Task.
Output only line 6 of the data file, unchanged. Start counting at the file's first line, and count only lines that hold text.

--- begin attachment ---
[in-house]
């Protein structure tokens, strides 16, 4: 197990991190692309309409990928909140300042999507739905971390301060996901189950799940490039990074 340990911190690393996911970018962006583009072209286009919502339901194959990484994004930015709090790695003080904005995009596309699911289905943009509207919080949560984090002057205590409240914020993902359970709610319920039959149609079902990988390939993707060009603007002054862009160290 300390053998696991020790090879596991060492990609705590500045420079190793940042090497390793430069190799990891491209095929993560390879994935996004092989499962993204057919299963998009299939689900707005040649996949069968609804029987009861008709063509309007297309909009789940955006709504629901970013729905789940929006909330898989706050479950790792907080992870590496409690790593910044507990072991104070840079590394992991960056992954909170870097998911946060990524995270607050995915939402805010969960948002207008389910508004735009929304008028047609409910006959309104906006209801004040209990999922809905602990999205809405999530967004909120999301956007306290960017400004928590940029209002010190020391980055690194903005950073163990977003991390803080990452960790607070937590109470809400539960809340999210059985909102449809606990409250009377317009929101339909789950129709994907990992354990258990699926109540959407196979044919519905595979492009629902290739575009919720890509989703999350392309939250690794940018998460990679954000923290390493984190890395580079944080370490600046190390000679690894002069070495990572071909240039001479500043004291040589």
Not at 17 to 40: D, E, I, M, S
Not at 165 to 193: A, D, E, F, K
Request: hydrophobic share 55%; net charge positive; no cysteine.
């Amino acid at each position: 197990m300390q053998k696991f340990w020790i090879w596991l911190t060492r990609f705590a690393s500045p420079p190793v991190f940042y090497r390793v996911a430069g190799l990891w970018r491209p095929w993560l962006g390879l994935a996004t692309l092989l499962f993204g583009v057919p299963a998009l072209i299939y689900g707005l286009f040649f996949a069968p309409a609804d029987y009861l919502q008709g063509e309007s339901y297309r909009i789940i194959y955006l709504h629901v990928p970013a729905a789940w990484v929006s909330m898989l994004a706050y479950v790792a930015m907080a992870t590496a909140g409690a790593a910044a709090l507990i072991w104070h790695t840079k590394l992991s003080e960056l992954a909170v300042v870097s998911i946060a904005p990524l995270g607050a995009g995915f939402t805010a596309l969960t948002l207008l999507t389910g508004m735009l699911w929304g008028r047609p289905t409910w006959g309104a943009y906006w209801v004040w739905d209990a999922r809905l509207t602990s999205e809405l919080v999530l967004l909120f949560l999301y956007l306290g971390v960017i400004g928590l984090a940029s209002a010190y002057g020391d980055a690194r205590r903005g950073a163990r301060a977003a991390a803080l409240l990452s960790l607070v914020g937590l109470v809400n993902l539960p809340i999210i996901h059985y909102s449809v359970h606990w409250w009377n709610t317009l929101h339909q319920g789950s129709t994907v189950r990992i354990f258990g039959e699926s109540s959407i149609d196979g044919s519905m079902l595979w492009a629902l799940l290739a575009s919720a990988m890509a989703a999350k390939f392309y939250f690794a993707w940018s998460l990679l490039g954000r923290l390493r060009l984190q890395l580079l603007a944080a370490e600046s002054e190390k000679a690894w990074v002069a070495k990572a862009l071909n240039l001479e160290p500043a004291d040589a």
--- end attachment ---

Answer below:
């Amino acid at each position: 197990m300390q053998k696991f340990w020790i090879w596991l911190t060492r990609f705590a690393s500045p420079p190793v991190f940042y090497r390793v996911a430069g190799l990891w970018r491209p095929w993560l962006g390879l994935a996004t692309l092989l499962f993204g583009v057919p299963a998009l072209i299939y689900g707005l286009f040649f996949a069968p309409a609804d029987y009861l919502q008709g063509e309007s339901y297309r909009i789940i194959y955006l709504h629901v990928p970013a729905a789940w990484v929006s909330m898989l994004a706050y479950v790792a930015m907080a992870t590496a909140g409690a790593a910044a709090l507990i072991w104070h790695t840079k590394l992991s003080e960056l992954a909170v300042v870097s998911i946060a904005p990524l995270g607050a995009g995915f939402t805010a596309l969960t948002l207008l999507t389910g508004m735009l699911w929304g008028r047609p289905t409910w006959g309104a943009y906006w209801v004040w739905d209990a999922r809905l509207t602990s999205e809405l919080v999530l967004l909120f949560l999301y956007l306290g971390v960017i400004g928590l984090a940029s209002a010190y002057g020391d980055a690194r205590r903005g950073a163990r301060a977003a991390a803080l409240l990452s960790l607070v914020g937590l109470v809400n993902l539960p809340i999210i996901h059985y909102s449809v359970h606990w409250w009377n709610t317009l929101h339909q319920g789950s129709t994907v189950r990992i354990f258990g039959e699926s109540s959407i149609d196979g044919s519905m079902l595979w492009a629902l799940l290739a575009s919720a990988m890509a989703a999350k390939f392309y939250f690794a993707w940018s998460l990679l490039g954000r923290l390493r060009l984190q890395l580079l603007a944080a370490e600046s002054e190390k000679a690894w990074v002069a070495k990572a862009l071909n240039l001479e160290p500043a004291d040589a």